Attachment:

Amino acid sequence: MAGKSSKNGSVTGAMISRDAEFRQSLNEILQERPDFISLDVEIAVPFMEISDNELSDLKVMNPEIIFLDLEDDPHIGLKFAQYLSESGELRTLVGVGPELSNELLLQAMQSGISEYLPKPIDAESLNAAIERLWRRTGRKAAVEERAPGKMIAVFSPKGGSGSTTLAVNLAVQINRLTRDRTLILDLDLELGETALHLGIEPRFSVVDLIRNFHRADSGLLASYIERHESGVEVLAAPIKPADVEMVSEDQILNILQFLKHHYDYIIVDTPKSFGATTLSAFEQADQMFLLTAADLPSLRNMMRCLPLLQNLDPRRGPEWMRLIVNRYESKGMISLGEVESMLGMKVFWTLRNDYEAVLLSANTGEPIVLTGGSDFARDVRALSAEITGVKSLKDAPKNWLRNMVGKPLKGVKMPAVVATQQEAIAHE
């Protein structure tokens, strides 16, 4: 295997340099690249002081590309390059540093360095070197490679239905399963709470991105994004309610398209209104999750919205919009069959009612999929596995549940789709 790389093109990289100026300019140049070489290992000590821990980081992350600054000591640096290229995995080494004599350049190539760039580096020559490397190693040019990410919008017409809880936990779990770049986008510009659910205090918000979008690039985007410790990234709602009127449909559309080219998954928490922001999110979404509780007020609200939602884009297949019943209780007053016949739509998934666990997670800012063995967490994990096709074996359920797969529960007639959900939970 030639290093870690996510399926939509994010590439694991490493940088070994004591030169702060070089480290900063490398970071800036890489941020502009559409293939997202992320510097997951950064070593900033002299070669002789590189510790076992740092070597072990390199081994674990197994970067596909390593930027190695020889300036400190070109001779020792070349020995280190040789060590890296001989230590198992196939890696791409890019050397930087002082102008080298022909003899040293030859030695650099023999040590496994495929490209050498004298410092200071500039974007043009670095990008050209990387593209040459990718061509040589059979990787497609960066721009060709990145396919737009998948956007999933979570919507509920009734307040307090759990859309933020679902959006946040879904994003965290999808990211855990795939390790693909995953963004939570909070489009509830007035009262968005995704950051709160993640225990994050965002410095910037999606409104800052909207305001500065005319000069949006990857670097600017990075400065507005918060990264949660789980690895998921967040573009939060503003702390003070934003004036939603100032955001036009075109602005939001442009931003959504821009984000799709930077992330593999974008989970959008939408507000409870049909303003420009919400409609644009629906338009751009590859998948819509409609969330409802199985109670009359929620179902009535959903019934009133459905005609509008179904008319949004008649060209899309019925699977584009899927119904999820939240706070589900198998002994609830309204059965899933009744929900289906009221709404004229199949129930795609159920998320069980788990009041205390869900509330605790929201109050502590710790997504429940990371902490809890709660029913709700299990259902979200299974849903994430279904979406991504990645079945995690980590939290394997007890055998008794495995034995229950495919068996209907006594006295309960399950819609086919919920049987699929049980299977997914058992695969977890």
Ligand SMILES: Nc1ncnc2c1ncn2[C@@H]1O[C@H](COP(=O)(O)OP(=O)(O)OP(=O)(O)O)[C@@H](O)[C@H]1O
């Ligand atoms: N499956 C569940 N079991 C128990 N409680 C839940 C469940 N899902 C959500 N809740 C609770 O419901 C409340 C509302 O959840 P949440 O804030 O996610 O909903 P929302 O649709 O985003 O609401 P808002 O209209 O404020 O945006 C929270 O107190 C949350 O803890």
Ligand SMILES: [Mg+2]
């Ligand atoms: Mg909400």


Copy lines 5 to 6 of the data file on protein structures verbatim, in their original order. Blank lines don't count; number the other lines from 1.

Ligand SMILES: [Mg+2]
């Ligand atoms: Mg909400």